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The Galloway Hoard: Viking-age Treasure

Chambers St, Edinburgh EH1 1JF, UK

It feels incredibly joyous to announce that I visited a museum today. I have many fond memories attached to visiting the National Museum of Scotland from visiting when I was a child with my mum and grandma to it becoming a place of solace and tranquillity during more stressful periods at university. This past year I’ve missed many things but ‘visiting museums’ has been very close to the top. Therefore, I’m beyond excited and honoured to be working with the National Museum of Scotland to promote their new, free exhibition “The Galloway Hoard: Viking-age Treasure”.

The museum is open daily from 10am to 4.30pm and free to visit as long as you pre-book a ticket online. It felt very reassuring to be waiting in a socially distanced queue for my turn to enter as I know the museum is taking every possible precaution to keep visitors as safe as possible. For those wondering, as well as limited numbers, I also spotted various hand sanitising stations, anti-bacterial wipes in the toilets, and sign-posted one-way systems. Once I was waved forward and my e-ticket was scanned, I headed up to the third floor for the exhibition.


Before we enter the exhibition, I thought a little background about the Galloway Hoard might be helpful. It’s the richest Viking-age hoard ever found in Britain or Ireland and features rare treasures buried more than 1000 years ago! Incredibly, it lay undiscovered until 2014 when a metal detectorist stumbled across it in Kirkcudbrightshire. Since then, National Museums Scotland has raised the funds to exhibit the items and conduct research into better understanding the Hoard.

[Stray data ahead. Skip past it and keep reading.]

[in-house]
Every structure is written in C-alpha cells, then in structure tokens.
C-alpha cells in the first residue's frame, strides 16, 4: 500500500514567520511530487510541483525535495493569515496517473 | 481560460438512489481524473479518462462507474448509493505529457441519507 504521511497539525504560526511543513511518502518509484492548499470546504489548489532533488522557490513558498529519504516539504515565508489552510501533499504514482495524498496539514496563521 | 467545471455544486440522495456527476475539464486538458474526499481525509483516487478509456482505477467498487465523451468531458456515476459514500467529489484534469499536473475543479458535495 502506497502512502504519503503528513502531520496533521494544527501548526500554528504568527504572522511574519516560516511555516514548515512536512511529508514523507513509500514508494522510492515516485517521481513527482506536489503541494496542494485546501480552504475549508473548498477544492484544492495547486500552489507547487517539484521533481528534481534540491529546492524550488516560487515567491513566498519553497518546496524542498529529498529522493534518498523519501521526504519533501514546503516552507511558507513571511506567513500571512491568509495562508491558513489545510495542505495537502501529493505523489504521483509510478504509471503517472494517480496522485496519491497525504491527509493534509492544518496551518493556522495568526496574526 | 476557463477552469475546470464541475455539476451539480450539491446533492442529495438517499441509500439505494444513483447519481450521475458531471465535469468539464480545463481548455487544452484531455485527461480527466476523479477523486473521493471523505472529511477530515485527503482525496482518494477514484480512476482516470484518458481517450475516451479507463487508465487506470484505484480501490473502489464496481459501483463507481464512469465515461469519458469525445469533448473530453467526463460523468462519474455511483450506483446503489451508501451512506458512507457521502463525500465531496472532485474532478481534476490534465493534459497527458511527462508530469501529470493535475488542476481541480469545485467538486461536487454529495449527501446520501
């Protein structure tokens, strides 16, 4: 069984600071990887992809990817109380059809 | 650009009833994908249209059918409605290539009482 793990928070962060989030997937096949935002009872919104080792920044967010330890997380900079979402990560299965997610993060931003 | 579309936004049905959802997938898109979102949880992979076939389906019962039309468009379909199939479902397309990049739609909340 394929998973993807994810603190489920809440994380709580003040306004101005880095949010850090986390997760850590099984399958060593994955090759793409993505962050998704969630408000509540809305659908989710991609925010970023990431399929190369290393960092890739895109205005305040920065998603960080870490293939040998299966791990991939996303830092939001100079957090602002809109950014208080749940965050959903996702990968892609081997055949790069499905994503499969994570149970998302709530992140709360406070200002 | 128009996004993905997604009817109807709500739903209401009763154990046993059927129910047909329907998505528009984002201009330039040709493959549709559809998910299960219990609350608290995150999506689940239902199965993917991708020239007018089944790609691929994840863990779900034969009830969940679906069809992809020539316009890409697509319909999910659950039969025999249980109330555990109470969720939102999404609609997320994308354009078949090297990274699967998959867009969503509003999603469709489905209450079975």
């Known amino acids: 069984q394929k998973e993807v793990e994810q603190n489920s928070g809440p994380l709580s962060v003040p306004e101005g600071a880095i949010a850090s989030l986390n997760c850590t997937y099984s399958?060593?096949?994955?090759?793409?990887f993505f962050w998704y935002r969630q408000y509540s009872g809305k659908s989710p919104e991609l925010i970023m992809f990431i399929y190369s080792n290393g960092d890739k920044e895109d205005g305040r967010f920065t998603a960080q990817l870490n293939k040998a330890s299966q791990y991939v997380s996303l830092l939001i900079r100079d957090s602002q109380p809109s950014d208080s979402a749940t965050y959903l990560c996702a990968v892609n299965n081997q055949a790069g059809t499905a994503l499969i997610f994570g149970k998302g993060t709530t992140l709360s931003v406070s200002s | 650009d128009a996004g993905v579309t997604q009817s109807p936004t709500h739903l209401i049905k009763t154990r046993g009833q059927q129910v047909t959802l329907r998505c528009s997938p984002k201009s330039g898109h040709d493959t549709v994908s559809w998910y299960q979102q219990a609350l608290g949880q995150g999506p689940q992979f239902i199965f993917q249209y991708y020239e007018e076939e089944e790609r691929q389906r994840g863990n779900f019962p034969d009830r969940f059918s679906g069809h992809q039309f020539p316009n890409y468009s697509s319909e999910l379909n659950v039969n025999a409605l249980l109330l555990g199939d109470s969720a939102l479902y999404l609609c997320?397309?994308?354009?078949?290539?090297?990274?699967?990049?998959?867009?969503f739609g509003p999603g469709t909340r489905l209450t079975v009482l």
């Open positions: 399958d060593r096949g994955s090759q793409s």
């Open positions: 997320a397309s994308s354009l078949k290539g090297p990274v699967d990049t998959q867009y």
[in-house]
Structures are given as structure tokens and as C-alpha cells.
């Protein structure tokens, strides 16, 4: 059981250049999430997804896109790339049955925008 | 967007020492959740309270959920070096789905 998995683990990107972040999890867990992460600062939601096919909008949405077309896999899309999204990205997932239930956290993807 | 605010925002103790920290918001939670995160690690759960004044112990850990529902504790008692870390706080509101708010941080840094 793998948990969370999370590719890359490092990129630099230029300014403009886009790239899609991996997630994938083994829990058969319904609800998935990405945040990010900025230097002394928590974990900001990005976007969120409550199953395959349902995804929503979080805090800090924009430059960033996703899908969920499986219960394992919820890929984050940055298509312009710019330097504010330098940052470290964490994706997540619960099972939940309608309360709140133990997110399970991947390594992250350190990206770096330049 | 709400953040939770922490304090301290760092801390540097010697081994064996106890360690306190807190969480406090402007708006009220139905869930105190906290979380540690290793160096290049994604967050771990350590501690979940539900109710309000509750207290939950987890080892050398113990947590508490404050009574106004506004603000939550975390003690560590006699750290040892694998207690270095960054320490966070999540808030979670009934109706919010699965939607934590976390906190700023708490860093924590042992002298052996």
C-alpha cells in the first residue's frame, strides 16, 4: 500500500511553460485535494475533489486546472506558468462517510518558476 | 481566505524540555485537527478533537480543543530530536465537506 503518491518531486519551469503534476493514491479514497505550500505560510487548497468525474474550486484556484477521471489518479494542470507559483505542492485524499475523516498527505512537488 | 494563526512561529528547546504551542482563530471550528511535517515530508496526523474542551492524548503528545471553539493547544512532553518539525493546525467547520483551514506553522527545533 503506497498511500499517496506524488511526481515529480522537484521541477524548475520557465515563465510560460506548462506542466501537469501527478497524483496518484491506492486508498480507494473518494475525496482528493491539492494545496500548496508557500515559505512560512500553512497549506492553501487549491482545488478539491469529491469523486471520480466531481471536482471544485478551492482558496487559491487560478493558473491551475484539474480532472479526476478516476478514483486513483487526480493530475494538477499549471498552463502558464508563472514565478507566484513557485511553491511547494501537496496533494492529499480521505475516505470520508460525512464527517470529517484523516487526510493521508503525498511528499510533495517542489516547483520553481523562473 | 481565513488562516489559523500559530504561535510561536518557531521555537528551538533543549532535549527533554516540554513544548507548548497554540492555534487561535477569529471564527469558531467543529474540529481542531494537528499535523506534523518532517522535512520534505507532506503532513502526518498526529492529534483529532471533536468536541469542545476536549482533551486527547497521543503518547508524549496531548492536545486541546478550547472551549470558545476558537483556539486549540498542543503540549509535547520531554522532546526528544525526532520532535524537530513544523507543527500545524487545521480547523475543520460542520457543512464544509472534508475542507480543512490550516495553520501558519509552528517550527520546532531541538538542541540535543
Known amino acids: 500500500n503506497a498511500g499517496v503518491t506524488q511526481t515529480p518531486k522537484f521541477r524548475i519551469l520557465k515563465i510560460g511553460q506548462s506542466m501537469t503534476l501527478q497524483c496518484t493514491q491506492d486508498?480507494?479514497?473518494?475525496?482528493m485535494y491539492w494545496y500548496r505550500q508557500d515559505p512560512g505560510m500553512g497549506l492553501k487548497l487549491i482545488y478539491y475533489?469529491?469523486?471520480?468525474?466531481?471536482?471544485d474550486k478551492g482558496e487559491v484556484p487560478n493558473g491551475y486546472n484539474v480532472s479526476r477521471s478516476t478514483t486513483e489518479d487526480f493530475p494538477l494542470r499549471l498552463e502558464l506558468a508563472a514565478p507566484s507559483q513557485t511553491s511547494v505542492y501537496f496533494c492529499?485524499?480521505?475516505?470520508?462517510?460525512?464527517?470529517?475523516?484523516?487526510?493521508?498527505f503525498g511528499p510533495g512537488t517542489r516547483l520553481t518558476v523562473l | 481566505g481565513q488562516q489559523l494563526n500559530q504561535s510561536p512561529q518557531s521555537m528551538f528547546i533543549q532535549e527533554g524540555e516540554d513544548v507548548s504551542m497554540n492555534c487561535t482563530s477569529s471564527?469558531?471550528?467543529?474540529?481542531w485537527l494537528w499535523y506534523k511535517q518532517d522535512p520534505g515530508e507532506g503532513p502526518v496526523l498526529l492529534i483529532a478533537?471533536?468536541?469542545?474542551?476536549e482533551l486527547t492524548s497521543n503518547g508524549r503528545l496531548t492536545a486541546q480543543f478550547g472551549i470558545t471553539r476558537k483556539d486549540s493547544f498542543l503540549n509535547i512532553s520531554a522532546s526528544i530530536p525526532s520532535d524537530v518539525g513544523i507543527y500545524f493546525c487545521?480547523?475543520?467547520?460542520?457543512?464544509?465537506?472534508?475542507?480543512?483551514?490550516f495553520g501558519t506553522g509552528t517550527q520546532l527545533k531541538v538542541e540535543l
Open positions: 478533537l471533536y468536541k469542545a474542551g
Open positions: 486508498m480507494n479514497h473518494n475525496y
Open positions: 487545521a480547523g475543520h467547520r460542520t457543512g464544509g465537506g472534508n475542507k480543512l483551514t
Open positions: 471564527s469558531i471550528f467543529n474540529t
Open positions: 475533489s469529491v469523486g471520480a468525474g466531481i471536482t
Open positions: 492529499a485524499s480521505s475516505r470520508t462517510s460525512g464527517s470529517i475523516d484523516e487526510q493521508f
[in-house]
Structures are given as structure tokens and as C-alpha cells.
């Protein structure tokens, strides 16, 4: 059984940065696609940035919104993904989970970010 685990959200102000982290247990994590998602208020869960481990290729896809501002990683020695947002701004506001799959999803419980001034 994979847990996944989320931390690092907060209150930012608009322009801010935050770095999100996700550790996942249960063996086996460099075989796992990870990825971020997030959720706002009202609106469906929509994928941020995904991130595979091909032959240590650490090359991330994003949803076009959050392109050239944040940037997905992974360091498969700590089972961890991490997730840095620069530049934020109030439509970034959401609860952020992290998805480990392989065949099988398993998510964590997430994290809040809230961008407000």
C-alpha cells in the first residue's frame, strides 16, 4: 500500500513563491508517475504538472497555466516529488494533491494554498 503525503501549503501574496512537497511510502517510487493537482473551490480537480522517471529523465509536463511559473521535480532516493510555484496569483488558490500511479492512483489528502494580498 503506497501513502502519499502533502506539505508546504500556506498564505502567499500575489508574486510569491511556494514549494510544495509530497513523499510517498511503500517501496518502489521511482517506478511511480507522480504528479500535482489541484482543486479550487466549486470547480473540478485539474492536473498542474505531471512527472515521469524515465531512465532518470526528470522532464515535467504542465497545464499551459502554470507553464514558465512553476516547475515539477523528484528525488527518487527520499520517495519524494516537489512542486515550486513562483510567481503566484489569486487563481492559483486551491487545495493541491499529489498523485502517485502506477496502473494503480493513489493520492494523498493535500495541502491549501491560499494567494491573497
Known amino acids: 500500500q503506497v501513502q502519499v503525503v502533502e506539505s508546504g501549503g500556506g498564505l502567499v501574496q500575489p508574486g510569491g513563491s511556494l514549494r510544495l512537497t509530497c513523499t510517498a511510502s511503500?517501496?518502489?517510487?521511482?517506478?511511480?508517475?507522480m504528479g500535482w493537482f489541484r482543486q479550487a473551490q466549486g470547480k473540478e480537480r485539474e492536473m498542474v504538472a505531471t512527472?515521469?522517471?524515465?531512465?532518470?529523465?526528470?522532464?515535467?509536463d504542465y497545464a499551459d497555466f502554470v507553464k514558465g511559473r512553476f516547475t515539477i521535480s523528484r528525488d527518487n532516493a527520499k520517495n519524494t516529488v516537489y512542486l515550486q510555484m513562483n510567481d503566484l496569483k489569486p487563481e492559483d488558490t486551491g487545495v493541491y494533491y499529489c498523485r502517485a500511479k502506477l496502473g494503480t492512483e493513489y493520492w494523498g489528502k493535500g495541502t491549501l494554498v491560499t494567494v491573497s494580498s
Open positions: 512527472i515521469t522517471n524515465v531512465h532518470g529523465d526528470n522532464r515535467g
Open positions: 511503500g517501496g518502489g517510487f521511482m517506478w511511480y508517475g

The exhibition begins with a short video introducing you to the Galloway Hoard before you begin your journey of uncovering the Viking hoard. I say uncovering because that’s exactly what it felt like. The artefacts were fascinating in and of themselves but the way they were presented to visitors really captured my attention and I found myself being propelled through the exhibition by my curiosity. For instance, the first objects on display were part of the first layer they discovered in the Hoard called the ‘decoy layer’ then the further you venture into the exhibition you are introduced to the more valuable ‘lower layers’.   

The ‘decoy’ layer featured silver bullion and a beautifully restored Anglo-Saxon cross. I enjoyed the questions in the descriptions like ‘Why was the centre of the Anglo-Saxon cross removed? Had it been desecrated or was the central figure carefully removed as a token?’. The element of uncertainty and the questions posed really made the whole exhibit feel very engaging to me. As well as regular short videos, another feature that I found interesting were the frequent QR codes beside objects on display which direct visitors to a 3D scan of the object where they can have a closer look at a specific artefact.